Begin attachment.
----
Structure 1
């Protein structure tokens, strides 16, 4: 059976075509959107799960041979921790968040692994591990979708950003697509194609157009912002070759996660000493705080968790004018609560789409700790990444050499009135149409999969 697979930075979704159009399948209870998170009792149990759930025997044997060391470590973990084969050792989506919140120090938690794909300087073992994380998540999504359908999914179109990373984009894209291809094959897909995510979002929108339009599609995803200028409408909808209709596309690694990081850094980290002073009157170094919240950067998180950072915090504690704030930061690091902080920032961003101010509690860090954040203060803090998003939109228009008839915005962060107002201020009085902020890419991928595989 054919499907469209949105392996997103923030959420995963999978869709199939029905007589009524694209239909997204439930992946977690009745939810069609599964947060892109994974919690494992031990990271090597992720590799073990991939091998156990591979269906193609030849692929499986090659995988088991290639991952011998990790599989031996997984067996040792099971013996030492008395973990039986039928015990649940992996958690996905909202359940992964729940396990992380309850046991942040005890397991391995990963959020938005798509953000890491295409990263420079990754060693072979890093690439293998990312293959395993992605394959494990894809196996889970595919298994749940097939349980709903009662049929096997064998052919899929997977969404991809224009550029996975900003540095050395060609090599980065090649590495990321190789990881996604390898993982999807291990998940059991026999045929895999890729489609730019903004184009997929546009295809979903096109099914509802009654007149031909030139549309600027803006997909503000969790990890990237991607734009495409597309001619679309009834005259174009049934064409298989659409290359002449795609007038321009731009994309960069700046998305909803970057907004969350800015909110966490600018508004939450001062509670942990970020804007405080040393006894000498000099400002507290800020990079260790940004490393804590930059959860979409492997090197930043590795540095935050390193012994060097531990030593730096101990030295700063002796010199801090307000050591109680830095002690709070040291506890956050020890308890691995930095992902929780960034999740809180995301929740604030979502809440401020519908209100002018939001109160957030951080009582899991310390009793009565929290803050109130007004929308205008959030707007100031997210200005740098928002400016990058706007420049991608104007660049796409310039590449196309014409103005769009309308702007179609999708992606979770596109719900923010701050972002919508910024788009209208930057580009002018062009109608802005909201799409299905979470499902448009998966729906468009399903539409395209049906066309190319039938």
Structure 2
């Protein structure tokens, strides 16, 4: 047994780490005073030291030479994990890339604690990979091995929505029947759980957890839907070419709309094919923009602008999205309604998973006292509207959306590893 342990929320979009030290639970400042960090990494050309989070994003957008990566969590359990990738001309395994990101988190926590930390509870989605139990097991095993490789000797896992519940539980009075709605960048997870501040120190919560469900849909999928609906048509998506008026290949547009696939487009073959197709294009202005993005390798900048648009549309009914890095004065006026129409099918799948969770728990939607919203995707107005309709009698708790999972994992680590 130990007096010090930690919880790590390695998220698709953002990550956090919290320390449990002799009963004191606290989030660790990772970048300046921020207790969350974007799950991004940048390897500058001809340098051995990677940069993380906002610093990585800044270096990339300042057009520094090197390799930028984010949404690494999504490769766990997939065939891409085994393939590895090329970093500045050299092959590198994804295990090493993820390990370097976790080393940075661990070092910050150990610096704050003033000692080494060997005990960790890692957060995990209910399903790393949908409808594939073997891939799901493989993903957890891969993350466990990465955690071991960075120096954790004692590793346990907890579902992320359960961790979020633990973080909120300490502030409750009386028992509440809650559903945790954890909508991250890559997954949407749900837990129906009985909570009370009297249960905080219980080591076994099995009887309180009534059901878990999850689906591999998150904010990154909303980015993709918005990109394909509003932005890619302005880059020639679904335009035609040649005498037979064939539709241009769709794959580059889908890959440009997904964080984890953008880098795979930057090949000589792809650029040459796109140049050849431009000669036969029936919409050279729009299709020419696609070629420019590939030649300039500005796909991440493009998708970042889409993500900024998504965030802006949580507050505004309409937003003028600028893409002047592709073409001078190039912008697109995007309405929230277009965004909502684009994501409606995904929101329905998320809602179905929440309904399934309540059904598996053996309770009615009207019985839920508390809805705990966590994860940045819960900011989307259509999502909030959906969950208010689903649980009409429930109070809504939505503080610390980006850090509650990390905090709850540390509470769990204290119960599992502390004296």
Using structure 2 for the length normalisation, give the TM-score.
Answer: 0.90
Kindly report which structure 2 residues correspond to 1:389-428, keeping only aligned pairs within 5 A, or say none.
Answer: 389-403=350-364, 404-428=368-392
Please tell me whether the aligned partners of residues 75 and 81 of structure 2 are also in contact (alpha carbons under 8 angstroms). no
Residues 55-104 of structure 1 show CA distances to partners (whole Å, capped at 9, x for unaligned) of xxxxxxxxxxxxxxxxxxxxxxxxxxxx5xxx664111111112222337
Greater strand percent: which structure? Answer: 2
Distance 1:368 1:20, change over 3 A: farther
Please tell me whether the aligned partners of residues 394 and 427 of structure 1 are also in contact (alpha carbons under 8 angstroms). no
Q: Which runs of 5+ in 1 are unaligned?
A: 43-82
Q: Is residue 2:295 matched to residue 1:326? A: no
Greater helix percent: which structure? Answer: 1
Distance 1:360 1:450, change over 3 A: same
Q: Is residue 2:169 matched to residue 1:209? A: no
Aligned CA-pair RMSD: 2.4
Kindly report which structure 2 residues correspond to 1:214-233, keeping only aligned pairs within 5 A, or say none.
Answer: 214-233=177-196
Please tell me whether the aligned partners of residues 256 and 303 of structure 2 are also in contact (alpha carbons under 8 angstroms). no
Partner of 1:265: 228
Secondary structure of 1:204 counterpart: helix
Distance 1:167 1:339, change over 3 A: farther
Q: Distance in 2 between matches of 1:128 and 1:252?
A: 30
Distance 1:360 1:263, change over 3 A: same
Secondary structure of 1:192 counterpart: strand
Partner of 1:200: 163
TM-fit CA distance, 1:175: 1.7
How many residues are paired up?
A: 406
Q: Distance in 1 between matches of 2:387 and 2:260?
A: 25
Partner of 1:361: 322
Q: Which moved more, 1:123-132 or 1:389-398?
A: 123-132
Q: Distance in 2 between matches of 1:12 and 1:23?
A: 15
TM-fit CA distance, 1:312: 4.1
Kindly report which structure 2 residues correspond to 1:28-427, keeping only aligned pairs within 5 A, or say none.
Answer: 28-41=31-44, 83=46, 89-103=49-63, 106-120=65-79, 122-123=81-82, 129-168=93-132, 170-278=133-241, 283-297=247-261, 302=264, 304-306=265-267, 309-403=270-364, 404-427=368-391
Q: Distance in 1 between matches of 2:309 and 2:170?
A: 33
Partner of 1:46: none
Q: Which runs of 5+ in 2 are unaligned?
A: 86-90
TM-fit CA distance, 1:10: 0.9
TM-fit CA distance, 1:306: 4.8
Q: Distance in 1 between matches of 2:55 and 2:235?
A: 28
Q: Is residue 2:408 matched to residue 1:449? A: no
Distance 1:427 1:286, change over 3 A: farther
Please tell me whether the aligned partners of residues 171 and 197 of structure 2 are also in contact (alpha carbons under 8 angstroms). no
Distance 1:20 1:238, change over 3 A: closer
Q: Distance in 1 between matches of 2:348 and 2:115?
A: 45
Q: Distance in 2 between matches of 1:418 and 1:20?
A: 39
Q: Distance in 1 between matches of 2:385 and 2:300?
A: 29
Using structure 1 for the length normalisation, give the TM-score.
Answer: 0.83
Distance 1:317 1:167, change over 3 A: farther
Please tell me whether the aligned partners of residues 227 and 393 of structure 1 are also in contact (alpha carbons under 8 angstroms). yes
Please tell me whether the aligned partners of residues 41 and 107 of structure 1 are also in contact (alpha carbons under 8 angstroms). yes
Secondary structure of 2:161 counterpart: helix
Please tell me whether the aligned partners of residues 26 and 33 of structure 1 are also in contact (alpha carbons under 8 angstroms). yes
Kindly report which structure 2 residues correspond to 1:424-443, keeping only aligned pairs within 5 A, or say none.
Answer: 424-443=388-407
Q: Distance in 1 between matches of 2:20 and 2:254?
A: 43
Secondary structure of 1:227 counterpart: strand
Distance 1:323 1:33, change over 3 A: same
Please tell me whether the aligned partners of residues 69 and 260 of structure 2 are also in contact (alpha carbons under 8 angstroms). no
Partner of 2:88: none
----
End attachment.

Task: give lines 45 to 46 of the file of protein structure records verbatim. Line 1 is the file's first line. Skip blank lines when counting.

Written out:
Q: Distance in 1 between matches of 2:309 and 2:170?
A: 33